A Shakespeare text is far more than merely the sum of its elegant language. When it's successfully staged — and often that's despite radical pruning, contemporizing concept overlays or outright adaptation — it becomes a Renaissance Gesamtkunstwerk, an encompassing treatise of moral philosophy articulated with drama, spectacle, music and dance. The Q.E.D. of that philosophic argument is always found in the persuasive force of a defining performance.

That's exactly what's on offer in a majestic and thrilling, semi-musicalized adaptation of The Tempest, now in the midst of a must-see, four-week run at South Coast Rep.


Co-conceived and directed by Aaron Posner and Teller (the “usually silent half” of the magician team Penn & Teller), and featuring an original, Kurt Weill–inflected songbook by Tom Waits and Kathleen Brennan, the production ingeniously transports the Bard’s fanciful tale of vengeance, reason and justice to a circa-1930s tent magic show.

Miche Braden’s musical direction is supple, and Daniel Conway’s tiered set is accomplished. But the most spectacular coup of the staging is Teller’s seamless integration of classic illusions from his encyclopedic bag of magic tricks. These include Prospero (a spot-on Tom Nelis) conjuring the inciting storm of Act 1 with a basin of water and a toy sailboat, to the expert card-deck flourishing and sleight-of-hand practiced throughout by his aloof spirit assistant, Ariel (the affecting and effective Nate Dendy), to the time-honored “levitating woman” trick that Prospero carries out on a sleeping Miranda (the delightful Charlotte Graham).

The other big surprises of the show include the two-man Caliban (the amazing Zachary Eisenstat and Manelich Minniefee), who takes the stage as a comically scatological and acrobatic Cirque Nouveau act (choreographed by Pilobolus’ Matt Kent), and the realization of just how funny The Tempest can be, thanks to the edgy clowning of Eric Hissom’s Stephano and Jonathan M. Kim’s Trinculo and the fine screwball turn by Joby Earle as Ferdinand.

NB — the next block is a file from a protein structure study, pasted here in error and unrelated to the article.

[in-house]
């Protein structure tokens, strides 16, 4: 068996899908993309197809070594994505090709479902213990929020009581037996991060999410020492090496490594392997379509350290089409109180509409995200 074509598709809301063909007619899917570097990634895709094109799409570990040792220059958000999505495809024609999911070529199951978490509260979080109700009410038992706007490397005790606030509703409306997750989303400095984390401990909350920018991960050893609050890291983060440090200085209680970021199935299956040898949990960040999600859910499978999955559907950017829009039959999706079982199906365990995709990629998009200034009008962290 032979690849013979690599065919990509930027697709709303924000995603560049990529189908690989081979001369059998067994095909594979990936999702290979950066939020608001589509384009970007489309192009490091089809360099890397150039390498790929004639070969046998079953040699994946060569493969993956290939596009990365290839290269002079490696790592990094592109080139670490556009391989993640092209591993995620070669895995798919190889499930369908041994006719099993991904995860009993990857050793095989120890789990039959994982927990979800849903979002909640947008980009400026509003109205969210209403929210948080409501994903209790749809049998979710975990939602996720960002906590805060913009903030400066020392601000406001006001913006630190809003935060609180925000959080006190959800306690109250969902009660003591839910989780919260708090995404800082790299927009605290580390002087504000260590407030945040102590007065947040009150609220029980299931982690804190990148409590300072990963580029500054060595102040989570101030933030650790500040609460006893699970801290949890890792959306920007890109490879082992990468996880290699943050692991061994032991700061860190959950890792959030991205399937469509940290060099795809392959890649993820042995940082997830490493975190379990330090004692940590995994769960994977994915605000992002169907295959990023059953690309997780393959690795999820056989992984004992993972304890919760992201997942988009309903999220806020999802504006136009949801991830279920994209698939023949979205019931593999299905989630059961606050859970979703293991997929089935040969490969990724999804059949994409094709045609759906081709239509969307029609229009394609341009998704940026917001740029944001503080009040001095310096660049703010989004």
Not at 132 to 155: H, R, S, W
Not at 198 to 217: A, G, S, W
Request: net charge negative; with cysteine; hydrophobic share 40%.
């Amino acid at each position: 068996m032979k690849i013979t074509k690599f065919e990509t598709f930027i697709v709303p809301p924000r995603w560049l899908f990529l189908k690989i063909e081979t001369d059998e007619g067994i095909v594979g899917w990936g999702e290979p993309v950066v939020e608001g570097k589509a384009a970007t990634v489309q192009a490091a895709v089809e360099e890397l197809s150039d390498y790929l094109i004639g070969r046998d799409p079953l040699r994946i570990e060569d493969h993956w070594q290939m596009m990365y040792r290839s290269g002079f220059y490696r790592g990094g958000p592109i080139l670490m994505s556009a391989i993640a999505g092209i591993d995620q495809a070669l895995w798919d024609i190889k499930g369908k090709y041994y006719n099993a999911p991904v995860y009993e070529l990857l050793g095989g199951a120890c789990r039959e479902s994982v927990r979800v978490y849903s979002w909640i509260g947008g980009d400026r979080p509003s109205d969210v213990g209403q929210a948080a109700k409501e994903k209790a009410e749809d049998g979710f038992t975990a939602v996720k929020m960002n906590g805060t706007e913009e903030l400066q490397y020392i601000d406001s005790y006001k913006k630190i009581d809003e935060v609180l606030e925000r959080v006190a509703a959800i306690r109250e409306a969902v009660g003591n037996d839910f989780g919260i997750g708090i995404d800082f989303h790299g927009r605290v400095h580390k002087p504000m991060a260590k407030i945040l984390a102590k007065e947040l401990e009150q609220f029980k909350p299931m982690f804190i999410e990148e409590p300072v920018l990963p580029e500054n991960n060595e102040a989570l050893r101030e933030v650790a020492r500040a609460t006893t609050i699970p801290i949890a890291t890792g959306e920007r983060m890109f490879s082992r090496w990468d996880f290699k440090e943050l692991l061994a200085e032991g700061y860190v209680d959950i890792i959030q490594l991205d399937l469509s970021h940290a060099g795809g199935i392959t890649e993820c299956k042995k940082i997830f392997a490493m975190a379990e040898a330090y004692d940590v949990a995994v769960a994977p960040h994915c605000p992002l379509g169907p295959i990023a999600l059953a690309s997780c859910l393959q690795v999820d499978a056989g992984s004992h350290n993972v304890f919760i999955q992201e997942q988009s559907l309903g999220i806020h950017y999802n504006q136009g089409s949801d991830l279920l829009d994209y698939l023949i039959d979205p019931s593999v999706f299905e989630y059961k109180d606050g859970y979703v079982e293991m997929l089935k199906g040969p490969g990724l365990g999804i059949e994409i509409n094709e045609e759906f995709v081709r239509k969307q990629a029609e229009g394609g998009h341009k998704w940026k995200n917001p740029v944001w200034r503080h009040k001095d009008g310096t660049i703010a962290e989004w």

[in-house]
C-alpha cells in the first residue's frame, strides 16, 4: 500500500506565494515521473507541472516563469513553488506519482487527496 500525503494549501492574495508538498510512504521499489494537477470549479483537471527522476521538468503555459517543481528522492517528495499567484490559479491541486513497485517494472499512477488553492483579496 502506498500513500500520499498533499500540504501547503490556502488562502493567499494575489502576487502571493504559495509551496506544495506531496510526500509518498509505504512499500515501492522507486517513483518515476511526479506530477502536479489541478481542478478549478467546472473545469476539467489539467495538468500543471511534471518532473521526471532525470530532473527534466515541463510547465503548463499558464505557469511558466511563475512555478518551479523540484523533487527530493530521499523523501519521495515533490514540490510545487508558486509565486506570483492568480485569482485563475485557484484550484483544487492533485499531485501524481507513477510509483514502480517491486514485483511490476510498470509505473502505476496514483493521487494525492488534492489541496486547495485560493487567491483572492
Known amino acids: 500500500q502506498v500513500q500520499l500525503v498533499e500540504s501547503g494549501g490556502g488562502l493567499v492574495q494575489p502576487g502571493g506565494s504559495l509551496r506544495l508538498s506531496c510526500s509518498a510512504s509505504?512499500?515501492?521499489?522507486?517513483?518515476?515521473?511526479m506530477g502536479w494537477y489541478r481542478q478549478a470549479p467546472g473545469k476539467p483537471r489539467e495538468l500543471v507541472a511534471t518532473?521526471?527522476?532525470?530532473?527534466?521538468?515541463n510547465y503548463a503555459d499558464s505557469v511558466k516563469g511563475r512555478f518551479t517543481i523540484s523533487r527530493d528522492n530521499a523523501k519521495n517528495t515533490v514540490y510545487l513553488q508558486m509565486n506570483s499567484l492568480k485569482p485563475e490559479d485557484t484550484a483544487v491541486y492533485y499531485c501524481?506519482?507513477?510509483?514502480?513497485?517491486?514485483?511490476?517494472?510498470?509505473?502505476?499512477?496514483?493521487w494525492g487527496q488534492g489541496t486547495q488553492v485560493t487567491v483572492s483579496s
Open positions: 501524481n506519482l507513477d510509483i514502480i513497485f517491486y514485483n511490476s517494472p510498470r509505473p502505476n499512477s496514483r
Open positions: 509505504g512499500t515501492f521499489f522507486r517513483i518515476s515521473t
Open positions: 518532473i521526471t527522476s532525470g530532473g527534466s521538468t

But what finally makes the magician conceit more than mere gimmick is the poignant lyricism that the legerdemain develops in the drama. Among its many resonances, the core “romance” in The Tempest is between Prospero and Ariel (the artist and his art), and under the crystalline clarity of Teller and Posner’s vision and the perfect pitch of a flawless ensemble, that big heart becomes movingly explicit at center stage.

To appreciate just how skillful and delicate an achievement the Teller-Posner Tempest is, one need only drive to Pasadena to witness co-directors Geoff Elliott and Julia Rodriguez-Elliott’s leaden and murky Tempest dressed up in 1920s clothing (by costumer Angela Balogh Calin), which is opening A Noise Within’s 2014-15 season.

Deborah Strang as A Noise Within's gender-switched Prospero; Credit: Photo by Craig Schwartz

Deborah Strang as A Noise Within's gender-switched Prospero; Credit: Photo by Craig Schwartz

Featuring a gender-switched Prospero (an indifferent Deborah Strang) and the attractive stage pictures contributed by designer Frederica Nascimento’s Gaugin-derived scenery cutouts, this Tempest comes across as an under-thought and disjointed collection of performances in search of a unifying vision.

Elliott acquits himself well enough as a glumly brooding but oddly unfunny Caliban, and William Dennis Hunt is a standout as a dithering yet wise Gonzalo. But with few other exceptions, the ensemble mostly achieves little more than plummy recitation, bereft of any real sense or feeling for what might lurk beneath the language.

The Tempest at South Coast Repertory, 655 Town Center Drive, Costa Mesa; through Sept. 28. (714) 708-5555, scr.org.

The Tempest at A Noise Within, 3352 E Foothill Blvd., Pasadena; through Nov. 22. (626) 356-3100, anoisewithin.org. 

LA Weekly